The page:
Between 1970 and 1979, Ross Nelson flexed his entrepreneurial muscles, establishing two box plants – Norbram Packaging, Tri County Containers – and then acquiring Rowland Packaging. He then pulled them all together in 1980, when the name Royal Containers was implemented.
In 1984, Royal Containers was one of several sheet plants which joined forces to start up the largest sheet feeder facility dedicated to the Canadian market – Tencorr. In 2009, the company acquired Morphy Containers located in London (Ontario) and in 2012, the company acquired shares in the Greenpac paper mill in Niagra Falls, NY – a mill that produces containerboard made from OCC. Five years later, in 2017, the company acquired Rexdale Containers and most recently, the deal to buy C+B Display was completed in 2020, during the COVID-19 pandemic.
Fast forward some 40 years from its founding and Ross’ daughter, Kim Nelson, sits at the helm of Canada’s largest producers of corrugated packaging made from 100% recycled papers; she took on the role as President and CEO in 2010.
With its sales being totally focused in Canada, Royal Containers generates $100m in sales, from two facilities, thanks to the hard work of over 300 people. Interestingly, the company prides itself on the fact that no one customer is larger than 5% of the total sales turnover – and this goes some way to explaining why they have such a large team of sales professionals – almost 10% of the headcount is dedicated to the sales department. The headquarters is based in Brampton, a suburb of Toronto in eastern Canada, with its second site having undergone a major move to new premises in the small town of St Thomas, near London (approximately 170km south-west of Toronto).
Having acquired Morphy Containers and a decade later C&B Display, Kim Nelson and her team were faced with the situation of having two business units operating in close proximity. “We needed to invest in some new equipment for the old Morphy facility, and we also had eyes on new machinery for C&B as well,” explains Kim Nelson. “So we took the rather bullish approach of buying a new, bigger facility and then putting both operations into one. Of course, the culture of a packaging business and a display business don’t necessarily blend easily – one being driven by volume, the other by graphics and design, but we believed we could marry the operations together. And then of course, COVID-19 hit, literally weeks before we signed the documents on the acquisition of C&B – not ideal timing, but we are never afraid of a challenge!”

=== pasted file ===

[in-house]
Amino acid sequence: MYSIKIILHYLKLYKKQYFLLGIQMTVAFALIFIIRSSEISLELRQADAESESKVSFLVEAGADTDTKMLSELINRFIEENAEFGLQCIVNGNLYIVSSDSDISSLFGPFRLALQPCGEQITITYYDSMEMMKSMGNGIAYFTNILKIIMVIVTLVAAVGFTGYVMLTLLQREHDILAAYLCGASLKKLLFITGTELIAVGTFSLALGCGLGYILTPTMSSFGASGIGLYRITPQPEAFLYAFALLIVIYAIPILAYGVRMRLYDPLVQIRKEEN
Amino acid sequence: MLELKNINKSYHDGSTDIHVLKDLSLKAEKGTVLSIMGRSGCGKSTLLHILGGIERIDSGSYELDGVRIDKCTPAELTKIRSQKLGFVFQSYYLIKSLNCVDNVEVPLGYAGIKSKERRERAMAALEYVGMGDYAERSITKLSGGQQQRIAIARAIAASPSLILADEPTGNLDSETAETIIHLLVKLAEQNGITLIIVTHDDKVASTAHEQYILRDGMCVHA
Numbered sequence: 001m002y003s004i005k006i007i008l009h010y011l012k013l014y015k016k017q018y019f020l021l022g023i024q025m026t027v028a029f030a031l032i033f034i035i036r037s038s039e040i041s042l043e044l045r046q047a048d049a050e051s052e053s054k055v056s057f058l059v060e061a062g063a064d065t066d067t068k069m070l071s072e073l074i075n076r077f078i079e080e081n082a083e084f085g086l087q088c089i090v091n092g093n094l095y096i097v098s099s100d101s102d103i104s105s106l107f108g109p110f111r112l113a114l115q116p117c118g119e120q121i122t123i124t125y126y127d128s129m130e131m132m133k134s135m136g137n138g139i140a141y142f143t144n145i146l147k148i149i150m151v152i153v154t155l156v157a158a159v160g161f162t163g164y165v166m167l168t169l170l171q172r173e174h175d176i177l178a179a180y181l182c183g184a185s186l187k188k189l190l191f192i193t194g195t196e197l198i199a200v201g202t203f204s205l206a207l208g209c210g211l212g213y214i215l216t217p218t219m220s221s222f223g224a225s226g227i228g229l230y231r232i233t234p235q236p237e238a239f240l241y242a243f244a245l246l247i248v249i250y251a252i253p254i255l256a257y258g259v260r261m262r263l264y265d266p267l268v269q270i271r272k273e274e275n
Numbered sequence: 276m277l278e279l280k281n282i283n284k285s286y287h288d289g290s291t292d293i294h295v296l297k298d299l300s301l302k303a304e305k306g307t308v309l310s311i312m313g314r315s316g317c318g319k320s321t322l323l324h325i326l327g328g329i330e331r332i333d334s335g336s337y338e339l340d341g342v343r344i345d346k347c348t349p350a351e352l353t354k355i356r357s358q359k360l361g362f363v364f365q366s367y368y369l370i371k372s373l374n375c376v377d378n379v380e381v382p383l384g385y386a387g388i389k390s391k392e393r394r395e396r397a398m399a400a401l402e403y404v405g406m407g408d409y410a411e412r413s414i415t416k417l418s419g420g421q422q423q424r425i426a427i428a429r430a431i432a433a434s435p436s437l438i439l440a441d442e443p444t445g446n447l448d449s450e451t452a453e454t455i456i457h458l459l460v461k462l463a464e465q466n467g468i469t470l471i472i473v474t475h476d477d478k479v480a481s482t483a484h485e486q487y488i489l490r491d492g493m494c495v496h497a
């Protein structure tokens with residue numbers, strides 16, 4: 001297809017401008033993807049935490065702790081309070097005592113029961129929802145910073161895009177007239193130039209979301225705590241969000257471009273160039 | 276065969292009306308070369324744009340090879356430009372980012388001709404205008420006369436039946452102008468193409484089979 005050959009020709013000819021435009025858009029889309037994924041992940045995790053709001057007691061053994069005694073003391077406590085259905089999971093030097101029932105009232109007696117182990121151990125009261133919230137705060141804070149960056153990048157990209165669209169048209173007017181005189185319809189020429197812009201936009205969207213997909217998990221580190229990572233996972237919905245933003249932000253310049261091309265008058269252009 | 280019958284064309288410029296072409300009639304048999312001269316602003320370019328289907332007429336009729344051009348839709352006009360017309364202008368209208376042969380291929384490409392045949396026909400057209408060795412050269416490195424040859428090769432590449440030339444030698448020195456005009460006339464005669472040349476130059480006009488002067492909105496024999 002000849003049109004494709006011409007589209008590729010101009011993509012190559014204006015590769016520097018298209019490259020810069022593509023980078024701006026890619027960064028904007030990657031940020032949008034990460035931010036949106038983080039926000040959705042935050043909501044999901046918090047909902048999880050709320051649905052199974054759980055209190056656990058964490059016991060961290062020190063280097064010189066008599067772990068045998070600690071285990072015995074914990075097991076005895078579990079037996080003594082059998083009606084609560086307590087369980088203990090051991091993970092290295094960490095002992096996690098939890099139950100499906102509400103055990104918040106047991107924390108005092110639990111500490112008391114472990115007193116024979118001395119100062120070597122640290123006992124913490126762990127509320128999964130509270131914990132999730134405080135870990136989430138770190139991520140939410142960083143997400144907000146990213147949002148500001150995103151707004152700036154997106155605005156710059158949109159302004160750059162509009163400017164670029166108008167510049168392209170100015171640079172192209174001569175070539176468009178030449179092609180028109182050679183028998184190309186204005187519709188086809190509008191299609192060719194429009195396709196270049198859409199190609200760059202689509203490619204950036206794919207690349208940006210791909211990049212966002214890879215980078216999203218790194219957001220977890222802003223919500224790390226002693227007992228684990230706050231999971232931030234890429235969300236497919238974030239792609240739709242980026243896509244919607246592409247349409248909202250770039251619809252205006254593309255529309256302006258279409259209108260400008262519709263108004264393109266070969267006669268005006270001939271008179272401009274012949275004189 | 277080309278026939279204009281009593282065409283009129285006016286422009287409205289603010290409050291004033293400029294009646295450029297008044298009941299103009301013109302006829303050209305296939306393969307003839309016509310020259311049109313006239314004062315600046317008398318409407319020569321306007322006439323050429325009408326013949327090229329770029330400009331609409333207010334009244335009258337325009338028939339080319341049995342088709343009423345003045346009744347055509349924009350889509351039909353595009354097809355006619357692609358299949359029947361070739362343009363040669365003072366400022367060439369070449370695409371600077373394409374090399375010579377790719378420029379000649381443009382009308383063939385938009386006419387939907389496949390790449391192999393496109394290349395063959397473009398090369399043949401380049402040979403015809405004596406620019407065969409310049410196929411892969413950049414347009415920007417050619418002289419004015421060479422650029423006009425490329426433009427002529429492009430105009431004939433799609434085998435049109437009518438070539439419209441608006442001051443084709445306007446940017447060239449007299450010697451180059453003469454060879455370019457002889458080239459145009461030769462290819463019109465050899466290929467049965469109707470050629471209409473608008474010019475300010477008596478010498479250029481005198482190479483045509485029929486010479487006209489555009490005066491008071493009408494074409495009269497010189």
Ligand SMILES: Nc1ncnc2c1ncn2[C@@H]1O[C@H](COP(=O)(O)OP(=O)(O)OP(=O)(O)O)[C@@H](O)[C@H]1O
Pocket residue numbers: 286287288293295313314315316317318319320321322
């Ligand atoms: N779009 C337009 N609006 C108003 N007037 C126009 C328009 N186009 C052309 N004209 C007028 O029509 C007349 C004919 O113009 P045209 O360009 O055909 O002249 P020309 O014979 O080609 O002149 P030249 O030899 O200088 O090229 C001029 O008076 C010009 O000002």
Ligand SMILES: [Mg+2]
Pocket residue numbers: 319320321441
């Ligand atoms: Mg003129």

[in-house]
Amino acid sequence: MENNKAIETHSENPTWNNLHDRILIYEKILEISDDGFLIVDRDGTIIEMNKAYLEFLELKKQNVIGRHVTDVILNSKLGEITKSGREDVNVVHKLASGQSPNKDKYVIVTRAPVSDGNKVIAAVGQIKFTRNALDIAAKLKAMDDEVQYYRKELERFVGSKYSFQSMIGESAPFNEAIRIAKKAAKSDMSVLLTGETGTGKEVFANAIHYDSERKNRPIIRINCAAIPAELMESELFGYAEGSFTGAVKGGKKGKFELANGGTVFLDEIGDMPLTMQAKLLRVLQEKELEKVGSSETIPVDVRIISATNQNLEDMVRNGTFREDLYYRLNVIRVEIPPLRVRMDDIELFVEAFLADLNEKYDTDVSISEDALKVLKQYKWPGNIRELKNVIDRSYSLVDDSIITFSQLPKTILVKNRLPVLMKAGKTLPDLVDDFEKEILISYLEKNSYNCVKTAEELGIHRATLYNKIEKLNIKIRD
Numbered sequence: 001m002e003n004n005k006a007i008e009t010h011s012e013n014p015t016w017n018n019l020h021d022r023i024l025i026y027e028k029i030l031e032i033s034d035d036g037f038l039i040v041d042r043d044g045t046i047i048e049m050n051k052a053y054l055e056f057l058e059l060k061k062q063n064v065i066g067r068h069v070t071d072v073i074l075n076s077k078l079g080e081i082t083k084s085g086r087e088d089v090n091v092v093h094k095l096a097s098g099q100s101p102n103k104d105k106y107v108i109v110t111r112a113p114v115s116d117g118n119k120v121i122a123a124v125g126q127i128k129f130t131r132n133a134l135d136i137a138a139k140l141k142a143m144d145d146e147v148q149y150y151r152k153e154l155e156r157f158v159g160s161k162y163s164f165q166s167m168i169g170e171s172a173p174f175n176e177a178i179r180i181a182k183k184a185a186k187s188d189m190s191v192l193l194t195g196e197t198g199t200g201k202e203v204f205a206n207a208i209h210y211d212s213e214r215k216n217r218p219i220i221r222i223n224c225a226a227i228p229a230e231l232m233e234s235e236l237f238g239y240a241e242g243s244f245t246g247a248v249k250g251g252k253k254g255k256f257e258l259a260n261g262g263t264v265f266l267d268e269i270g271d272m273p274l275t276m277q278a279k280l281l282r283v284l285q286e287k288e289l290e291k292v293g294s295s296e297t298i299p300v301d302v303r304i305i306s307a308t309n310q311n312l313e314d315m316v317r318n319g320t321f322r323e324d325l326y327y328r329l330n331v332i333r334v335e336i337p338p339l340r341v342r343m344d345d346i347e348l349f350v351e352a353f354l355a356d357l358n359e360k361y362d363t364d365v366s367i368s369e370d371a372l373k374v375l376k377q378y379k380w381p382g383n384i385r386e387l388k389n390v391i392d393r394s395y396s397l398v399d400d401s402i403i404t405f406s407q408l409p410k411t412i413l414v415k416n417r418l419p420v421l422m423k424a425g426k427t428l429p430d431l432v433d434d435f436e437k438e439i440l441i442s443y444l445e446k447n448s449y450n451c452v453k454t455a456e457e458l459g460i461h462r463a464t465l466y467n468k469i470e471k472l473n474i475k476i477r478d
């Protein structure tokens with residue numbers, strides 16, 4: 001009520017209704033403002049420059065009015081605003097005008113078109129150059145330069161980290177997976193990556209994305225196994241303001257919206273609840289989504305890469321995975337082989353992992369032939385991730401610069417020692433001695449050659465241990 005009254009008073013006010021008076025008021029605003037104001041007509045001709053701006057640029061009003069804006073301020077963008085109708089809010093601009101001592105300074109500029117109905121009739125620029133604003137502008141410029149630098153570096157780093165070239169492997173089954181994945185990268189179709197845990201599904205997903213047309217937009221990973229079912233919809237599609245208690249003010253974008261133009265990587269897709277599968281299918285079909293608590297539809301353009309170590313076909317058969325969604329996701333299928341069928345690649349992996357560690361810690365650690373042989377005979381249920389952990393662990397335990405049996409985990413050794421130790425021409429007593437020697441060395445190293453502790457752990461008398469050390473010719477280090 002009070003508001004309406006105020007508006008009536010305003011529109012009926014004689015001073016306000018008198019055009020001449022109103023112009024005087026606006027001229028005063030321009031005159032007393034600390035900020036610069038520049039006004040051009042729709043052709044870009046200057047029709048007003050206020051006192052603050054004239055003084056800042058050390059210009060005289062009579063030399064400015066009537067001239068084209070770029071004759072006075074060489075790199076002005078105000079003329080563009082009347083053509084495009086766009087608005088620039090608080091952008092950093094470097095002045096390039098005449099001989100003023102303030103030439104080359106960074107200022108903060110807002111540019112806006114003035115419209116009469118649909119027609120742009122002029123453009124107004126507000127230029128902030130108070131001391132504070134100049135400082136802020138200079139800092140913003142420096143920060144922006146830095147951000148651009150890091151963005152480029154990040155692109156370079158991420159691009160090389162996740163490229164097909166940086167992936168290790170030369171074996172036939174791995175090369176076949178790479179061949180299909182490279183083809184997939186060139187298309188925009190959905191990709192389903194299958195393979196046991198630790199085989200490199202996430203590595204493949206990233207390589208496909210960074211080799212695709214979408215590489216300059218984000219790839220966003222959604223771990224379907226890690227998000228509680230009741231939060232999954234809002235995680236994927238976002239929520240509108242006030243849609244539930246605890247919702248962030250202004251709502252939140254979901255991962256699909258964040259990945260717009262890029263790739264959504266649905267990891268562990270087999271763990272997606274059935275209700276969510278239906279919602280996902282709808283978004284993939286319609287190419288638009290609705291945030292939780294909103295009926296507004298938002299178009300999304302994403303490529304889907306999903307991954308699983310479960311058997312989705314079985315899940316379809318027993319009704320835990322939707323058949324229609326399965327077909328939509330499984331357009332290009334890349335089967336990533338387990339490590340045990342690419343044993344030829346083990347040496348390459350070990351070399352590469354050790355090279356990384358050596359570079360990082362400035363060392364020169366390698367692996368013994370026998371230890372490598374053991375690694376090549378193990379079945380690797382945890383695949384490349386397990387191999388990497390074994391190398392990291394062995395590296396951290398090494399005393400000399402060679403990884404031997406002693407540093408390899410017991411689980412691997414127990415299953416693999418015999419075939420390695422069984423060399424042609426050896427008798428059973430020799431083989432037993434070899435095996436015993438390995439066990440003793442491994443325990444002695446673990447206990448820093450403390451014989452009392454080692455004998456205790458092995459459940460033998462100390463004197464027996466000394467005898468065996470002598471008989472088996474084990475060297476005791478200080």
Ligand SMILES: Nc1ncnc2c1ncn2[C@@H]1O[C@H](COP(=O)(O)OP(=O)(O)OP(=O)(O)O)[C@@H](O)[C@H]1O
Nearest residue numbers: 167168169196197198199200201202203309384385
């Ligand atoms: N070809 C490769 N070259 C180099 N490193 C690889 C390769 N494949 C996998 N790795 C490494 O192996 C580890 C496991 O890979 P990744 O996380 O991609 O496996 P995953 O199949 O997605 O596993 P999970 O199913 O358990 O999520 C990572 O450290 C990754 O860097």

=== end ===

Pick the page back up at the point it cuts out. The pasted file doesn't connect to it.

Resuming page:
The company subsequently found a 155,000 sq ft facility in nearby St Thomas that was a perfect fit. “Although it was a great find, we knew we had to do a lot of groundworks before we could move equipment,” continues Kim. “Although St Thomas is a relatively small town, it was a great area for us, as there has been significant investment by some other large businesses, including Amazon. It is a perfect fit.”